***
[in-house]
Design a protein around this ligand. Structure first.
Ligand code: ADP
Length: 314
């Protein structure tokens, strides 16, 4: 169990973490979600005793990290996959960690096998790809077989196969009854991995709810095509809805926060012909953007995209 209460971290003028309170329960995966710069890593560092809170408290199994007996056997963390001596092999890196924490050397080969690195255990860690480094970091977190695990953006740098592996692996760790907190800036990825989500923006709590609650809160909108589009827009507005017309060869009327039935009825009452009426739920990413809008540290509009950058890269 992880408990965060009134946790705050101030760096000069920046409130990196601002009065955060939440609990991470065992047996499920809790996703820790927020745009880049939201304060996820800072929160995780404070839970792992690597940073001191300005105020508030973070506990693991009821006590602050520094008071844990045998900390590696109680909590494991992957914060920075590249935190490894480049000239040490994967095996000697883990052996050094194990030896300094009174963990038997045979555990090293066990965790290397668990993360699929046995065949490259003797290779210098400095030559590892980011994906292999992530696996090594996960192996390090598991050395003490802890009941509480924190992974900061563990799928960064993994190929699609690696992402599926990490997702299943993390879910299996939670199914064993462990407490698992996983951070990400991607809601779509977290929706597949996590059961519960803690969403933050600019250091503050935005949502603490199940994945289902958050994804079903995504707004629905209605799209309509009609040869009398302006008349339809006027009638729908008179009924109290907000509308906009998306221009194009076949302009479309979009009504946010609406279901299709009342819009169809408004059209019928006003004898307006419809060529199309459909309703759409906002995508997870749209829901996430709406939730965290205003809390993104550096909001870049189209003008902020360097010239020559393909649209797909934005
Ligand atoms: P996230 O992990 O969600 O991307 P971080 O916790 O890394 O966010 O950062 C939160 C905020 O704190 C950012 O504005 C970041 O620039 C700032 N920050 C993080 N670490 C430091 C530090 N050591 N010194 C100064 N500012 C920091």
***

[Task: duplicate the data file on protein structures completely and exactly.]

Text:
[in-house]
Design a protein around this ligand. Structure first.
Ligand code: ADP
Length: 314
């Protein structure tokens, strides 16, 4: 169990973490979600005793990290996959960690096998790809077989196969009854991995709810095509809805926060012909953007995209 209460971290003028309170329960995966710069890593560092809170408290199994007996056997963390001596092999890196924490050397080969690195255990860690480094970091977190695990953006740098592996692996760790907190800036990825989500923006709590609650809160909108589009827009507005017309060869009327039935009825009452009426739920990413809008540290509009950058890269 992880408990965060009134946790705050101030760096000069920046409130990196601002009065955060939440609990991470065992047996499920809790996703820790927020745009880049939201304060996820800072929160995780404070839970792992690597940073001191300005105020508030973070506990693991009821006590602050520094008071844990045998900390590696109680909590494991992957914060920075590249935190490894480049000239040490994967095996000697883990052996050094194990030896300094009174963990038997045979555990090293066990965790290397668990993360699929046995065949490259003797290779210098400095030559590892980011994906292999992530696996090594996960192996390090598991050395003490802890009941509480924190992974900061563990799928960064993994190929699609690696992402599926990490997702299943993390879910299996939670199914064993462990407490698992996983951070990400991607809601779509977290929706597949996590059961519960803690969403933050600019250091503050935005949502603490199940994945289902958050994804079903995504707004629905209605799209309509009609040869009398302006008349339809006027009638729908008179009924109290907000509308906009998306221009194009076949302009479309979009009504946010609406279901299709009342819009169809408004059209019928006003004898307006419809060529199309459909309703759409906002995508997870749209829901996430709406939730965290205003809390993104550096909001870049189209003008902020360097010239020559393909649209797909934005
Ligand atoms: P996230 O992990 O969600 O991307 P971080 O916790 O890394 O966010 O950062 C939160 C905020 O704190 C950012 O504005 C970041 O620039 C700032 N920050 C993080 N670490 C430091 C530090 N050591 N010194 C100064 N500012 C920091």